First Impression: Lyric hearing aid

The Lyric holds a one-of-a-kind position in the world of hearing aids. It is certainly one of the most discreet hearing aids ever built. As I write this, Starkey is the only other manufacturer with anything even remotely similar (I’ll have a review of that model near the end of May). The Lyric has generated a lot of press coverage, which is unusual for a hearing aid. There are also conflicting claims to be found about the comfort and performance of Lyric hearing aids. Here are insights of what I have discovered thus far, as I learn along with you.

What to really like.

Most striking is how comprehensive and thorough the Lyric fitting protocol is. Nobody else does it as well. Why do I mention this first? Because it is a key factor to your satisfaction both initially, and throughout the years ahead. I’ll bet you have heard people say “I tried hearing aids once, but they didn’t work.” That’s not too surprising, considering there have been tremendous advances in hearing aid technology, but there has been scarce improvement in methods to help audiologists select the best aid for you. An audiologist’s intuition can work wonders in many ways (that’s why you want to choose a really good one), but intuition is not very good at selecting the perfect instrument for your needs. The Lyric protocol is quite a leap forward in this regard.

As mentioned, its small size is attractive. This thing really is invisible. While I’m sure the tiny size will be appreciated, there are substantial acoustic benefits as well. Our ears are well-designed collectors of sound. They sort and define what we hear. Unfortunately, most hearing aids alter that natural ability to the point that an audiologist must add significant additional correction to compensate for what the hearing aid takes away. Because Lyric sits deep in the canal, your natural hearing abilities are retained and very little compensation is necessary. Your audiologist can instead focus on helping you hear better. (That’s the really fun part.)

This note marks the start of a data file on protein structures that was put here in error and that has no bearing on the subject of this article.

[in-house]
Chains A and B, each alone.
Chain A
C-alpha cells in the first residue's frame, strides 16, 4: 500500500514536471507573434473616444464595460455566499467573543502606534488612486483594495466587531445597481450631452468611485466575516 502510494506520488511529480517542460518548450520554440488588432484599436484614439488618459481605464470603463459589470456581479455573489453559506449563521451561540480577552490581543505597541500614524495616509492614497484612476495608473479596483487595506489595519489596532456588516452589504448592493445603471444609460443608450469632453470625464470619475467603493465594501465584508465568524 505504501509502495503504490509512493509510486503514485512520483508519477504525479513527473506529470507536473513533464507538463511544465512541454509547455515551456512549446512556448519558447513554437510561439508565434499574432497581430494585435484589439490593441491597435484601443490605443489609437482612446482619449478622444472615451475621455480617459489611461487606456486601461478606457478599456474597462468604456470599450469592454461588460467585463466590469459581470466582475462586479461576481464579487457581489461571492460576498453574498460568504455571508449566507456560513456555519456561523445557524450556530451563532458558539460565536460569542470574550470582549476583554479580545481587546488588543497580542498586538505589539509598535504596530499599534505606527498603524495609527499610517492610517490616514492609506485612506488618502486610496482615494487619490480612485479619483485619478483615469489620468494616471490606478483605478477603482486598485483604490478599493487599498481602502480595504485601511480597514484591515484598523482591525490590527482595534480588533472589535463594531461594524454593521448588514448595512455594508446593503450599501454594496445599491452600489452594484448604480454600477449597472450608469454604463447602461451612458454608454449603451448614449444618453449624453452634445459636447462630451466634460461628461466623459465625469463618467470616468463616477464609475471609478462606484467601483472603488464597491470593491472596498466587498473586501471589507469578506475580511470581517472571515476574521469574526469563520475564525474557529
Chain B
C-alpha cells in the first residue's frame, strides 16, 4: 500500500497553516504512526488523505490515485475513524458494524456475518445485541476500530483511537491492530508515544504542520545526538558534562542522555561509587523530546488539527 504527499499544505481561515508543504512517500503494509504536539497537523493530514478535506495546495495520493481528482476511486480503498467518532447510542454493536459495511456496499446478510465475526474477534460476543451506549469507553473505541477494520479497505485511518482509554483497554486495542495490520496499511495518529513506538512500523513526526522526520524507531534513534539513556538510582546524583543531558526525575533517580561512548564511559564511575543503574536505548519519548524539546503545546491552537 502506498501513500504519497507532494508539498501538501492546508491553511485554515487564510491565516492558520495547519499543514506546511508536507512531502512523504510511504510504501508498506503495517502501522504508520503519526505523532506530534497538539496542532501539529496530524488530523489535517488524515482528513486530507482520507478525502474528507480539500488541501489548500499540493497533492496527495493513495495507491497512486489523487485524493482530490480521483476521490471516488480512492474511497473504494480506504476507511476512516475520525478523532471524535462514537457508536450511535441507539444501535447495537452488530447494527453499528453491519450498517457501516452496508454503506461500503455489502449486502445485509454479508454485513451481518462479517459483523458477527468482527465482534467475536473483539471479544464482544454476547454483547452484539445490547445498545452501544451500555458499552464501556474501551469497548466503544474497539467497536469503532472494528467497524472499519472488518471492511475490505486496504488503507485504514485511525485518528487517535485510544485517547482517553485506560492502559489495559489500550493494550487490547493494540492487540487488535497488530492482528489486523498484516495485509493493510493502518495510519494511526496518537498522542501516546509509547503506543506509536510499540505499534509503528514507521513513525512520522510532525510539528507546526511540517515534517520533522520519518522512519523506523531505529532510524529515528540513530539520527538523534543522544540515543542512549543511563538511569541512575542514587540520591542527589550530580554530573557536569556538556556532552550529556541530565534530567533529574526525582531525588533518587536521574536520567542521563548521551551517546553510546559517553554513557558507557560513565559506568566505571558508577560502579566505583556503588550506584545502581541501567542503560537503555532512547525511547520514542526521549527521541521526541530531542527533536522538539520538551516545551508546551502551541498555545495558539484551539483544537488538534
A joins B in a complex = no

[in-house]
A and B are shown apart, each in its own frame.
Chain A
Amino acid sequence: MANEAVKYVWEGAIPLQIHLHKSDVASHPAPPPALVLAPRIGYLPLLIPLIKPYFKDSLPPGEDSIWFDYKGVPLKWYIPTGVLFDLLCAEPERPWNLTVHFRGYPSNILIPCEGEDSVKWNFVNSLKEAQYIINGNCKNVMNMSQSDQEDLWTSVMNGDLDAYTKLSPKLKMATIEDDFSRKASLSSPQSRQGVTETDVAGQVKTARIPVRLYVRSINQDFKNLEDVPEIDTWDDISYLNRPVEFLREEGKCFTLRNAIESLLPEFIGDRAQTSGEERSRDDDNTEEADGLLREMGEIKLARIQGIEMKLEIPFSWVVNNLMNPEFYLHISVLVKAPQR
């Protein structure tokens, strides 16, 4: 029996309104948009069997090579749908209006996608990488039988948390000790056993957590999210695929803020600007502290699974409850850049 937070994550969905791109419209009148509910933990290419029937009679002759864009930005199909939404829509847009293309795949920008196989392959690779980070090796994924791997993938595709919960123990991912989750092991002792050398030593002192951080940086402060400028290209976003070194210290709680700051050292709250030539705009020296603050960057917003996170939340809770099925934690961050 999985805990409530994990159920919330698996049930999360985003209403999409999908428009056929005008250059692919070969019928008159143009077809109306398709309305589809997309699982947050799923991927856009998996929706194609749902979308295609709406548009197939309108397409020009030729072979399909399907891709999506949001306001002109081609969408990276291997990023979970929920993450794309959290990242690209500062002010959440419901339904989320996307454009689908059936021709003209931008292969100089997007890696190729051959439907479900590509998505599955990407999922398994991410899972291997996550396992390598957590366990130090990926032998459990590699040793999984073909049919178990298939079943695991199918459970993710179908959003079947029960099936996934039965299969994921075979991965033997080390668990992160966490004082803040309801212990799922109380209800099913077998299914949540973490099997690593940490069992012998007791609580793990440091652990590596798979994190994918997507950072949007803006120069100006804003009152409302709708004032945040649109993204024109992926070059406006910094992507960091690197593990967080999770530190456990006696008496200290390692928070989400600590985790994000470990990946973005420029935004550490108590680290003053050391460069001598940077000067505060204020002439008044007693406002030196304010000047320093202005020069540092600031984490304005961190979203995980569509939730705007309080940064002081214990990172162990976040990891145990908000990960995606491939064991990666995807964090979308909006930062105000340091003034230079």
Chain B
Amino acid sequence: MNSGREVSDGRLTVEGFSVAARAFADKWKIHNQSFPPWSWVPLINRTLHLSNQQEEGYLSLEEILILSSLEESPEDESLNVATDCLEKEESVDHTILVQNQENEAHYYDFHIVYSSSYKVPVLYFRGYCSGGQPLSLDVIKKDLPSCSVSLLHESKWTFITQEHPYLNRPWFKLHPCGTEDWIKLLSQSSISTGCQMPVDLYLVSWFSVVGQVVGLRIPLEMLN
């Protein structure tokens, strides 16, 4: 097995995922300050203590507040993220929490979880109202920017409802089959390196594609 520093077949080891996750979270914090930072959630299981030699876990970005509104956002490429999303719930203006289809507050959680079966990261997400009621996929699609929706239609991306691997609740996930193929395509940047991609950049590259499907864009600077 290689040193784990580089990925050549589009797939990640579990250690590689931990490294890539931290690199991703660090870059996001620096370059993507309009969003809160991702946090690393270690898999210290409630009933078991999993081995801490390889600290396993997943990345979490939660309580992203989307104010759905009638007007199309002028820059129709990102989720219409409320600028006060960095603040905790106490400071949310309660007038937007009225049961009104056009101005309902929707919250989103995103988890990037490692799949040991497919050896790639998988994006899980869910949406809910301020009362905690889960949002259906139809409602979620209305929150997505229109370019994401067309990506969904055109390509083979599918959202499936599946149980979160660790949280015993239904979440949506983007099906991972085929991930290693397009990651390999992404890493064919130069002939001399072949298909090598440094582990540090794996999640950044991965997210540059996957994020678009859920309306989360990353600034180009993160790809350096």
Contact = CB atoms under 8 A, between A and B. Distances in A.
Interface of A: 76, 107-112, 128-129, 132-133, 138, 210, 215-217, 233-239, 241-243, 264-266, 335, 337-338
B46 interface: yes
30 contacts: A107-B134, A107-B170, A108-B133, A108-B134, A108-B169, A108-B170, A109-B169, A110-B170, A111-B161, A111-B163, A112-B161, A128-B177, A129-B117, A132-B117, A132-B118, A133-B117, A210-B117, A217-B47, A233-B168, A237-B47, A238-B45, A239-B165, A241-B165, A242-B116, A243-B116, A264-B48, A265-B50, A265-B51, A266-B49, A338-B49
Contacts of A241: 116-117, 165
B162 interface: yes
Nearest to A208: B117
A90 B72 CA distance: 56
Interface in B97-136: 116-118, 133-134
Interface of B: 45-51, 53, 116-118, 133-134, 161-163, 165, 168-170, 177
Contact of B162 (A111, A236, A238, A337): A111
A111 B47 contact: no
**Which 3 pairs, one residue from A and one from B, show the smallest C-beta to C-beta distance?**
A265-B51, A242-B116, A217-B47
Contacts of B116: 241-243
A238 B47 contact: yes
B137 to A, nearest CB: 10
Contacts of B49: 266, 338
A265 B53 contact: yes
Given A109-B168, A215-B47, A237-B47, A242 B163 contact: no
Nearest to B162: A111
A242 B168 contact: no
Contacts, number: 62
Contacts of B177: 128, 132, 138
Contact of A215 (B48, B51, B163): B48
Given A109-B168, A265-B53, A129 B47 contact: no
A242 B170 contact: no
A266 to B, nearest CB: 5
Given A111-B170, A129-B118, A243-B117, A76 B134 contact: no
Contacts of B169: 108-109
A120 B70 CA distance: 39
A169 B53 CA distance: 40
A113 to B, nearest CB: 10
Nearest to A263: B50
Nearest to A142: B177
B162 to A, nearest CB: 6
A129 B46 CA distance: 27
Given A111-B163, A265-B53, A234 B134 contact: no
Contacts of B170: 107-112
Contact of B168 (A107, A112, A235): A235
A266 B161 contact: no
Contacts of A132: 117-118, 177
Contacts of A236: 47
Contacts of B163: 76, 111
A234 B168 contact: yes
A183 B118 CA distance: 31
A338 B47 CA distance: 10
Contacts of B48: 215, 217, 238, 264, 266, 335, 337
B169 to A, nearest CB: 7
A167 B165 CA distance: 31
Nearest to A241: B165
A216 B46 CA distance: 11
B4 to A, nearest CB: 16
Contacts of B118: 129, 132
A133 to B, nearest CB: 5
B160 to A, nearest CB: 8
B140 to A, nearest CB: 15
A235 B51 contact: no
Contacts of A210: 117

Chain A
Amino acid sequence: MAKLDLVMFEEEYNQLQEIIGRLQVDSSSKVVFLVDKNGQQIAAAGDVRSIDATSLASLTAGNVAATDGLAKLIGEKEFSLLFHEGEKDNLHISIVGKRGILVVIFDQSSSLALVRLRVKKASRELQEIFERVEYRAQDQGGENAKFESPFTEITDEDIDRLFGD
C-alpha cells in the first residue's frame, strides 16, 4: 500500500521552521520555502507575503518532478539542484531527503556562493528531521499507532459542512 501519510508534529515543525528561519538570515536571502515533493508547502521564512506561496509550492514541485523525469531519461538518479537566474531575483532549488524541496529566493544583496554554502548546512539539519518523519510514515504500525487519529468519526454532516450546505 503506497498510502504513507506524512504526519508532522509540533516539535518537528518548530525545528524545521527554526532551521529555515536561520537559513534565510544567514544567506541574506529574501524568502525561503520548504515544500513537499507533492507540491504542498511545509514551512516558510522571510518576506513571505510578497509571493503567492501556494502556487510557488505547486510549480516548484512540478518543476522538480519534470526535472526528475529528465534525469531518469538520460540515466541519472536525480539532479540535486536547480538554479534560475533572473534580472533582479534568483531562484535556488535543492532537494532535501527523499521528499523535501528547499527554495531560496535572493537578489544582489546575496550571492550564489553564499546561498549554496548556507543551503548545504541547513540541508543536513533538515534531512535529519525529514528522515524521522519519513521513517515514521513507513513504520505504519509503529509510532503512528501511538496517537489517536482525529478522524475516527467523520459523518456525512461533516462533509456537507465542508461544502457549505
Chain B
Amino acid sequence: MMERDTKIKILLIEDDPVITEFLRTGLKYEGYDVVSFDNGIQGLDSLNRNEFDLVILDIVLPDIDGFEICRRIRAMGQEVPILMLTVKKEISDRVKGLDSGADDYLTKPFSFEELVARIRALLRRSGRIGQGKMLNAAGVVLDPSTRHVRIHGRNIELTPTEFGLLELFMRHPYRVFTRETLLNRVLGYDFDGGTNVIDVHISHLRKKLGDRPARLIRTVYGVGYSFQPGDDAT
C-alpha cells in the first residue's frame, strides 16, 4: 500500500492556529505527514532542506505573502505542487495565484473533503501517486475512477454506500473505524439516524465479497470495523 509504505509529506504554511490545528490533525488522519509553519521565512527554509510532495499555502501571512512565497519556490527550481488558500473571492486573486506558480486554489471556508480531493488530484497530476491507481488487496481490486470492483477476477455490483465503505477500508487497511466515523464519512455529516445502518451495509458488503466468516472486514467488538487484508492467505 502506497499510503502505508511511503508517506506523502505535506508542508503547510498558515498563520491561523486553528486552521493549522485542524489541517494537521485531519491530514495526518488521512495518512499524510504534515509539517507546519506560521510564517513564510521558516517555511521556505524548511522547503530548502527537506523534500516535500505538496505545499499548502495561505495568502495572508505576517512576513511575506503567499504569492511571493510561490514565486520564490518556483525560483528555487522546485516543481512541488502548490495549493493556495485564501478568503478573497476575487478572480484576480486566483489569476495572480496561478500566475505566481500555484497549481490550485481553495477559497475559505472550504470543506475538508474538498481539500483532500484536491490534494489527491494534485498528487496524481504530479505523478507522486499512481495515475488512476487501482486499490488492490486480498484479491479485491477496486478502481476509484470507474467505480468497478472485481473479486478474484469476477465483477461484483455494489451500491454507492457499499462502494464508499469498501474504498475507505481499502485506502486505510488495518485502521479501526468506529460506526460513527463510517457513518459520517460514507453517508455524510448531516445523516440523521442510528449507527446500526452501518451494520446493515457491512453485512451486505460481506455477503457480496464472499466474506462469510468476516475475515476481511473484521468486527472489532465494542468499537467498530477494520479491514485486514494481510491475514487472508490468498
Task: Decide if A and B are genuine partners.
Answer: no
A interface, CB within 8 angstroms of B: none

Lyric has programmable analog amplification, and I like that. This seems an odd comment to make in a world that is rapidly going digital, but there are still situations where an analog circuit is a better choice and I believe this is one of those cases. A lot of people seem to agree. According to stats provided by InSound Medical, 90% of those who try Lyric think it sounds better than their previous aid. Because the speaker is so close to the eardrum, you need less power plus you get better correction for your hearing loss. The result is natural sound quality and a long battery life. That’s a good combination.

The Lyric is designed to be replaced about four to five times a year, and the replacement process is fast – ten to fifteen minutes per visit. This means you will never have to wait days or weeks for your hearing aid to come back from repair. That alone is good, but the part that really impressed me is this: When improvements are made, whether it be to comfort, size or performance, you will always get the latests developments at no additional charge. Wow. I love that idea.

Adding to my “Like It” list is how wonderfully simple the Lyric is to operate and wear. It’s as close to set it and forget it as there is (for a few months!). You will not have to change batteries. There is a volume control, which has recently become an endangered species. I know the majority of my patients want a volume control, so this feature is a welcome surprise. My thought is if a hearing aid has a volume control, you can choose whether to use it or not.

What’s not so great.

There are three areas of concern that I noticed. First, if you have a severe hearing loss or worse, you’re out of luck. Maybe someday that will change.